The Australian Human Rights Commission is consulting with the community on the question of how technology affects vulnerable people. As digital innovation accelerates, new research on ethical machine learning and artificial intelligence is needed to inform public discourse, maximise the positive economic efficiencies from emerging technologies, and avoid unnecessary harms.
In Canberra this week, several hundred attendees celebrated the Prime Minister’s Science Prizes. STEM teachers, basic scientists and applied scientists were acknowledged. The cycle of educating the next generation, of making new technical discoveries, and of turning technology into commercial reality form a basis for life-improving knowledge generation and economy-building activities that improve society. Congratulations to this year’s winners and keep up the innovation!
On behalf of our Board and many Friends of the Warren Centre, we say farewell to Alex Harrington and thank her for eight years of dedicated service. In honour of Alex’s passion for sustainability, this week’s stories are told with a no-holds-barred view towards the climate challenges facing us all as professionals and as citizens. Farewell Alex, and all the best for a bright future!
eek, the Prototype features ten stories that describe what is happening in science, technology and innovation. Aside from the Nobel Prizes, the strong theme this week is trust, or more accurately deep scepticism, in digital systems around the globe. Are western democracies already in a cyberwar with Russia? News or #FakeNews?
The rapid expansion of digital technology propels massive economic activity today and has captured the public’s attention and imagination. Biotechnology is also advancing at an astonishing rate. Though much of this work is advancing with non-traditional connections to IT, data analytics, biomedical engineering and biomolecular engineering, much of this news might be outside the awareness of traditional technologists and engineers. The first two articles this week showcase the speed and power of DNA editing development and the expansion of stem cell technology. We hope you enjoy these ten best stories from this week’s science, technology and innovation headlines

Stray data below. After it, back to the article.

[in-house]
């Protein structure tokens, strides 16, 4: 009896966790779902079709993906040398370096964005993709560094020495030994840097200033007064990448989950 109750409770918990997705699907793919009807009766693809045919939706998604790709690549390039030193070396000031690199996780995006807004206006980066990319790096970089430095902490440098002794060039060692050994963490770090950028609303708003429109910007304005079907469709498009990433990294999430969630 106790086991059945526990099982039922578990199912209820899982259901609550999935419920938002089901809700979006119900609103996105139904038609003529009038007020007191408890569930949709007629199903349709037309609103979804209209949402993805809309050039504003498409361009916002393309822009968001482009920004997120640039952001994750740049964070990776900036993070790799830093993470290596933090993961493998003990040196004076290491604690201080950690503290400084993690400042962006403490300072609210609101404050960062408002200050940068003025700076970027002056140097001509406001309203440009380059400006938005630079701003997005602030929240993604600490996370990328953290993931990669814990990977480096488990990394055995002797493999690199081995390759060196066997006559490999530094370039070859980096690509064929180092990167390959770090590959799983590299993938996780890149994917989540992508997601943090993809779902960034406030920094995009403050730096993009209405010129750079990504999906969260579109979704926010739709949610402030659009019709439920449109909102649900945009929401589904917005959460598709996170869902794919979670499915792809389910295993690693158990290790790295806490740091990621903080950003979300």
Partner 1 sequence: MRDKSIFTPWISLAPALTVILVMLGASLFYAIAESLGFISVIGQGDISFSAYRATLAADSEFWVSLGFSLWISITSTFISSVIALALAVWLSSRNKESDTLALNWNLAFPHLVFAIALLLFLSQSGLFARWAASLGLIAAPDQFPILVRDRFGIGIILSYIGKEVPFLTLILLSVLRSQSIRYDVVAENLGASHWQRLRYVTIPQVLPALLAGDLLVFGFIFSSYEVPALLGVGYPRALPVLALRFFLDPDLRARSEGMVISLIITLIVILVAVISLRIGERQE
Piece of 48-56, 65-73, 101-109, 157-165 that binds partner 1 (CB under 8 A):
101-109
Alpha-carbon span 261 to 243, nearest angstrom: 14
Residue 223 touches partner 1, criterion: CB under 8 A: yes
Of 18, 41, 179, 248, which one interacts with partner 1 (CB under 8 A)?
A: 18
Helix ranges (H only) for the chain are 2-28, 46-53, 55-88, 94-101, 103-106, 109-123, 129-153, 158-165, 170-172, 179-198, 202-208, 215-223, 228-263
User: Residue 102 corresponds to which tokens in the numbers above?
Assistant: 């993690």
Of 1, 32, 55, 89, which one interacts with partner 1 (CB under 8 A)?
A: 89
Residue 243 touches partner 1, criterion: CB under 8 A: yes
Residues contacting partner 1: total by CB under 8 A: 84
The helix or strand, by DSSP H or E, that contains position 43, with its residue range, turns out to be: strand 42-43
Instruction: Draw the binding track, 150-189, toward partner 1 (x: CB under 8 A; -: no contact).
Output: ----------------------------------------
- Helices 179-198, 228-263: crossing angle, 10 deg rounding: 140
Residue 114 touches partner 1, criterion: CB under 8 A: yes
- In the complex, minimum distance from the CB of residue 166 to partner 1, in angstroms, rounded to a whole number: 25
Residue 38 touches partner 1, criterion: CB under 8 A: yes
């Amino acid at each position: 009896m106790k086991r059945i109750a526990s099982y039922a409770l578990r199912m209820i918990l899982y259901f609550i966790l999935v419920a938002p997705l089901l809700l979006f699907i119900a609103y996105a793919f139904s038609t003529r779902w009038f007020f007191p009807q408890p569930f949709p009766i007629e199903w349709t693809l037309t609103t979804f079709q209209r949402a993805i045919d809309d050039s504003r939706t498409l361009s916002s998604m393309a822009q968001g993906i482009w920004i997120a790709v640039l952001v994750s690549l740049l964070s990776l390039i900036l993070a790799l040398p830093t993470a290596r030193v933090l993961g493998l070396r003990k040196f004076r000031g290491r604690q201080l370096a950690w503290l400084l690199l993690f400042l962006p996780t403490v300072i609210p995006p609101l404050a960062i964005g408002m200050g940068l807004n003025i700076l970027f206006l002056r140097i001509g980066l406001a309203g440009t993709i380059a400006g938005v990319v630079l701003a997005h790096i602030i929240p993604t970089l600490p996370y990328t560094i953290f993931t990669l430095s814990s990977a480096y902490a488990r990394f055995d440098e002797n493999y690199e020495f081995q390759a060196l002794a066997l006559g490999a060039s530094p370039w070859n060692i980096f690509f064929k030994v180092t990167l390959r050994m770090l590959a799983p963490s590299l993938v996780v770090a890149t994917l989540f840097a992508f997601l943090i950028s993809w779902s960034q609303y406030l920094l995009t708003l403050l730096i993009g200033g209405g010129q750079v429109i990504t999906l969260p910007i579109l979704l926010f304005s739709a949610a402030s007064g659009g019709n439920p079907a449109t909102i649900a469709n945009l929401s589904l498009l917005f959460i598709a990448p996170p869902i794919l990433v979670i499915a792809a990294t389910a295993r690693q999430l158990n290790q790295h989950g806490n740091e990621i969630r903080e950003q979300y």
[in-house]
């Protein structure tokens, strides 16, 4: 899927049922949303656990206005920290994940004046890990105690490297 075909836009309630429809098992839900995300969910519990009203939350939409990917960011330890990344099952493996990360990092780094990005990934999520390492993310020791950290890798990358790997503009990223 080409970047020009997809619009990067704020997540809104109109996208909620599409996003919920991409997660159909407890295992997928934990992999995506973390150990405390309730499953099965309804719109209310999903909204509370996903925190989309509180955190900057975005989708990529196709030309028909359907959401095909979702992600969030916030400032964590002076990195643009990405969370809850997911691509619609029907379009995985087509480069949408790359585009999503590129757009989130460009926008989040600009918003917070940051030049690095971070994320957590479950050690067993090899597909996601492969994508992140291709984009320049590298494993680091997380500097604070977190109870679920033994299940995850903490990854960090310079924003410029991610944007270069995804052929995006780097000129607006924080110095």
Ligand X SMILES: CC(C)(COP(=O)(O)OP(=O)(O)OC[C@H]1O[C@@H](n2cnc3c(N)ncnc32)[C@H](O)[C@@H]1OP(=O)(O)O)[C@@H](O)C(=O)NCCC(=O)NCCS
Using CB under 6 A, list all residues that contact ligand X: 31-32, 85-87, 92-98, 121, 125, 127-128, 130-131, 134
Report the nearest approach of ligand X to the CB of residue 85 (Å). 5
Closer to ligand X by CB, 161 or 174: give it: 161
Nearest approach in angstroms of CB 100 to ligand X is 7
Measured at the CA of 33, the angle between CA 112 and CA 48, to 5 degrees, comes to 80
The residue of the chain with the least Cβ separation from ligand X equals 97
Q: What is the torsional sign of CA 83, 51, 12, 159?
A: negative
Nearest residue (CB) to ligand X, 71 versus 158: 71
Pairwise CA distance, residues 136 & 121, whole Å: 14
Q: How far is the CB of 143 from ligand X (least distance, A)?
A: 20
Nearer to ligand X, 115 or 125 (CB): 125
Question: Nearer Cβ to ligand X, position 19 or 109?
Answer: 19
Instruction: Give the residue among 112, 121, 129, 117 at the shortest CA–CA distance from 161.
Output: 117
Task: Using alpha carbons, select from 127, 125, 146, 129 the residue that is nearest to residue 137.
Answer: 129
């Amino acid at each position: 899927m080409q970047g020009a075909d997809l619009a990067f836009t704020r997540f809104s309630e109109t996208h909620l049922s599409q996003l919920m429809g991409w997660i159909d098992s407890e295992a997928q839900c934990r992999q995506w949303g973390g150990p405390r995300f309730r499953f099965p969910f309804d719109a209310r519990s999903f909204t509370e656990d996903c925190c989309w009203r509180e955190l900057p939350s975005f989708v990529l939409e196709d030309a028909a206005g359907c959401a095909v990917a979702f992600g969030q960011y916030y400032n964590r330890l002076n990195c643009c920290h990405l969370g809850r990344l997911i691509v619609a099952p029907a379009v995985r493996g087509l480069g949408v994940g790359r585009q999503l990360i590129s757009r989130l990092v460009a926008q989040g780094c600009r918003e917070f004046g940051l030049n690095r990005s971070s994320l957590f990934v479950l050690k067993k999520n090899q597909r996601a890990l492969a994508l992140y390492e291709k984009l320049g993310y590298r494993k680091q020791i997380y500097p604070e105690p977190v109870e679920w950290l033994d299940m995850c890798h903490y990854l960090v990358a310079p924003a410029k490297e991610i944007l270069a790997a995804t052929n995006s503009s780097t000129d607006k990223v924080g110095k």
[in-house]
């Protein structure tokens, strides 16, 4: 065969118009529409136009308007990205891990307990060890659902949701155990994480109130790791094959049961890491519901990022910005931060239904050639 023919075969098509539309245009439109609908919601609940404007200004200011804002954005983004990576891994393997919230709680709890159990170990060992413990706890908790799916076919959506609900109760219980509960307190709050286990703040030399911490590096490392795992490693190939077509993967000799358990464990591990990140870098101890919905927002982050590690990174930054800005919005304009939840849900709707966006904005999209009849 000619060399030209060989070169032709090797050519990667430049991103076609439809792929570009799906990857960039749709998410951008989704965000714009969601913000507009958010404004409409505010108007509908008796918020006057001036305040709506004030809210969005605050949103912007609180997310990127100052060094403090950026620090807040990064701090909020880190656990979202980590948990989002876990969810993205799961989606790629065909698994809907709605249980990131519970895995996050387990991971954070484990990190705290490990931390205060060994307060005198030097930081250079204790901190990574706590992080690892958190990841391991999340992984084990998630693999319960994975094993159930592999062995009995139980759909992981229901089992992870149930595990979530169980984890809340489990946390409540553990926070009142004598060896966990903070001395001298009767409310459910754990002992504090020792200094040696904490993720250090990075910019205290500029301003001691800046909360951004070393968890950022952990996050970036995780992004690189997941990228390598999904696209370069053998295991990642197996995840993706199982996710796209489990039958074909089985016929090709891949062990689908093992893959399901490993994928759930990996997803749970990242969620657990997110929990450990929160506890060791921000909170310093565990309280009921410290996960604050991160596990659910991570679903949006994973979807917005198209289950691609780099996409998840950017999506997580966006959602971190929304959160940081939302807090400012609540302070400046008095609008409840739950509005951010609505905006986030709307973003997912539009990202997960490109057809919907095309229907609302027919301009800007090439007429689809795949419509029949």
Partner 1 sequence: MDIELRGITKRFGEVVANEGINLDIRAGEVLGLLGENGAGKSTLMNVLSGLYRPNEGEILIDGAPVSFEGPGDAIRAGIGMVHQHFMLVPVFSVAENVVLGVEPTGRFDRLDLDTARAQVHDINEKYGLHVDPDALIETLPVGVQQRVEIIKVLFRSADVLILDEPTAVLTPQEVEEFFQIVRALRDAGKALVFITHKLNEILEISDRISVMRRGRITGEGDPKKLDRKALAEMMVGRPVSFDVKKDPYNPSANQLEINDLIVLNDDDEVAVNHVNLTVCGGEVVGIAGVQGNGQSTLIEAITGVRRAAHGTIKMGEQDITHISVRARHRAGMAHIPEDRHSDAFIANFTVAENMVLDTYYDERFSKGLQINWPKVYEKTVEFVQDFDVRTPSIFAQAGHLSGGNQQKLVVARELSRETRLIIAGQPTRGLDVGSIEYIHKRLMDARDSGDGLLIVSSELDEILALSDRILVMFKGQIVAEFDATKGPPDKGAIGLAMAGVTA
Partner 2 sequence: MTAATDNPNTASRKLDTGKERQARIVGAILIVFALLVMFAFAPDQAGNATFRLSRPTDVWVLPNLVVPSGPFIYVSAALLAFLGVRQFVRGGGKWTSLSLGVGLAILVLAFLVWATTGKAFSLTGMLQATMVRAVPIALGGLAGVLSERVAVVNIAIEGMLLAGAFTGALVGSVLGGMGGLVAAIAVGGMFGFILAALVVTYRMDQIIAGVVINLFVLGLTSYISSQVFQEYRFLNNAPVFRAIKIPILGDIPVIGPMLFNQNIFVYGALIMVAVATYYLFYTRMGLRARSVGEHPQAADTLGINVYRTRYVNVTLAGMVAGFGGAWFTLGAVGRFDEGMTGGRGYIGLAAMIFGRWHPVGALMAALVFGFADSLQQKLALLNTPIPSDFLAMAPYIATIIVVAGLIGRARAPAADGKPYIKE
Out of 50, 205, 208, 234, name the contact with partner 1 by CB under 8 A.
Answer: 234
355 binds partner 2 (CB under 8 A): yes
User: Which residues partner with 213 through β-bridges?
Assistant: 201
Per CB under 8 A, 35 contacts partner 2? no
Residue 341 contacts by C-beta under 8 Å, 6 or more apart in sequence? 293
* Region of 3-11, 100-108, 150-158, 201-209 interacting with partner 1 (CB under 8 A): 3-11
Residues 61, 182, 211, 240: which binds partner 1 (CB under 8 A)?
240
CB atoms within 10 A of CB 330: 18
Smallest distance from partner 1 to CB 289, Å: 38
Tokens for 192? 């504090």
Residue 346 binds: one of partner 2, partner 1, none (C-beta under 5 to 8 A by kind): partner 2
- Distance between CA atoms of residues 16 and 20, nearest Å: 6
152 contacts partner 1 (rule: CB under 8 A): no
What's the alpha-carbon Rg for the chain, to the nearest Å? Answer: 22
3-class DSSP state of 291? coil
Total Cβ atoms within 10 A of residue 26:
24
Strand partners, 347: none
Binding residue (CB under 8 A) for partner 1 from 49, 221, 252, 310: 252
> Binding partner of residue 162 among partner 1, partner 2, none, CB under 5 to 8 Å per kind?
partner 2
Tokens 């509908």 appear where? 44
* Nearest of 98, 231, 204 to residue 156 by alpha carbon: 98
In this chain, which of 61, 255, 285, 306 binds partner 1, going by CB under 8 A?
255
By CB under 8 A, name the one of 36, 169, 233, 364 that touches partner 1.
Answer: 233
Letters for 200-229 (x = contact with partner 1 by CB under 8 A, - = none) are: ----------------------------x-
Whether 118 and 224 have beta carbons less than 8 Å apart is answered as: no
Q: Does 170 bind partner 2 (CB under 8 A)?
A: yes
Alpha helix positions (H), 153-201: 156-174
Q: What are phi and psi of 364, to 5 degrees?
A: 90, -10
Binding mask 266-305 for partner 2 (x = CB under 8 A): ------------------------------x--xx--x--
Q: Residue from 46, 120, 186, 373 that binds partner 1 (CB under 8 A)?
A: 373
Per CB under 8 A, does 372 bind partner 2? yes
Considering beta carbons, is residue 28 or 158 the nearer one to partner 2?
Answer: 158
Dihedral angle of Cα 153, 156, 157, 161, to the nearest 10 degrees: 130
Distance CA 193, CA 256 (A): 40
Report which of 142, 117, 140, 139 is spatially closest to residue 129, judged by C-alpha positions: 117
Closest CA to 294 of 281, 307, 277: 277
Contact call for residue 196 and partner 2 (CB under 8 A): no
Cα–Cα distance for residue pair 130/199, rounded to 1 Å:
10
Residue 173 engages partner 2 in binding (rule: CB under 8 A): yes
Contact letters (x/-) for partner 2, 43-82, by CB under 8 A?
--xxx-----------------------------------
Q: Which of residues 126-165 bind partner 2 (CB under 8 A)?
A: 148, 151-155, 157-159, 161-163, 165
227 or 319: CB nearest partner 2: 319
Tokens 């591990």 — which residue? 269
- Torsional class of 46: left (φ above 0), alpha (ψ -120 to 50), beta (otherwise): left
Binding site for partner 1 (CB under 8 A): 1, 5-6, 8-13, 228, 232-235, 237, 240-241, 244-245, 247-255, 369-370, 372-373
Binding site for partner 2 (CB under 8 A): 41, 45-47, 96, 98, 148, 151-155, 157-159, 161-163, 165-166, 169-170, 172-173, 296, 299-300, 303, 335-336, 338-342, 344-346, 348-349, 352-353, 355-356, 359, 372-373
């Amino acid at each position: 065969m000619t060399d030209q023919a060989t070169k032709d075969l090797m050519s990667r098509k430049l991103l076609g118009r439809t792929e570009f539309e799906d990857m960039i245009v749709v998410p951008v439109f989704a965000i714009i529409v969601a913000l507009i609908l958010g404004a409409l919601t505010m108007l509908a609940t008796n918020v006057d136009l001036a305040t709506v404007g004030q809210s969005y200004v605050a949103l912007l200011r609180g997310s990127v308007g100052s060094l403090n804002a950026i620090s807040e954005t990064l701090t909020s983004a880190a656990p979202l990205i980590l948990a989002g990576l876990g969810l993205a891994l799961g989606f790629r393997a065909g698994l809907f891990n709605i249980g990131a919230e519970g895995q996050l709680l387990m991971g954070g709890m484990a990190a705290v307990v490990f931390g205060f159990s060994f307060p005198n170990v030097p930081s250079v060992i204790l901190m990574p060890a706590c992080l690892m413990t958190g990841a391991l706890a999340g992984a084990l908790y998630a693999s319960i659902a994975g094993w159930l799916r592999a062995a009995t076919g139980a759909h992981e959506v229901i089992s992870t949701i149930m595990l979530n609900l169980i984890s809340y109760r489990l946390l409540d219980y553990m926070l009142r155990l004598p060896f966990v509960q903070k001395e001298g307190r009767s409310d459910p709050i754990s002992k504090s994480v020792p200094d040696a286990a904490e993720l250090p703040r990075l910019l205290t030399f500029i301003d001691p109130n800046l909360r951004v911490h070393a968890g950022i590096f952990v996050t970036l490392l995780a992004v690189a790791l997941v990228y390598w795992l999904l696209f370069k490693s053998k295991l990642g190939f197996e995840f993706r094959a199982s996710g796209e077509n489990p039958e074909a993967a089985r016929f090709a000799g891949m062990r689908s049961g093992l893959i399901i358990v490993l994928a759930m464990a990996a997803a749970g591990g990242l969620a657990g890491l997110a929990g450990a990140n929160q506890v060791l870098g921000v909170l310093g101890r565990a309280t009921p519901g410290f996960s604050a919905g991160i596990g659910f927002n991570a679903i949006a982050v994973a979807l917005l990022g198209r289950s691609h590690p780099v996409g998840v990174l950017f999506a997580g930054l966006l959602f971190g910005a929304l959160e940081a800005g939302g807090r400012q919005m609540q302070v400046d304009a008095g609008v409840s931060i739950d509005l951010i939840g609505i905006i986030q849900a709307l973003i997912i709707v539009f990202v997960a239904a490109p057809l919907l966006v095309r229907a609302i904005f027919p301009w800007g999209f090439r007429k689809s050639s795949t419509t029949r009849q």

Our workforce must diversify if we are to have a chance of successfully navigating all this change and adapting to disruption. Whether we are there yet, particularly in Australia, is clear from The Warren Centre’s recent research and it does not paint a good picture. We have yet to fully embrace 50% of the population by engaging more women particularly in STEM areas. One solution is for women to make their own business rules. If you are, or someone you know is, interested “starting your startup” come along to our next Entrepreneurship 101 course.
Last weekend around 100 young lawyers, IT professionals, engineers and students held a hackathon at the NSW Law Society. One of the challenge problems posed to the teams was the difficulty of the justice system to cope with the state’s highly diverse multiculturalism. Too frequently, people coming before courts need translation services to communicate effectively. Teams offered creative high-tech solutions, including on-demand digital translation.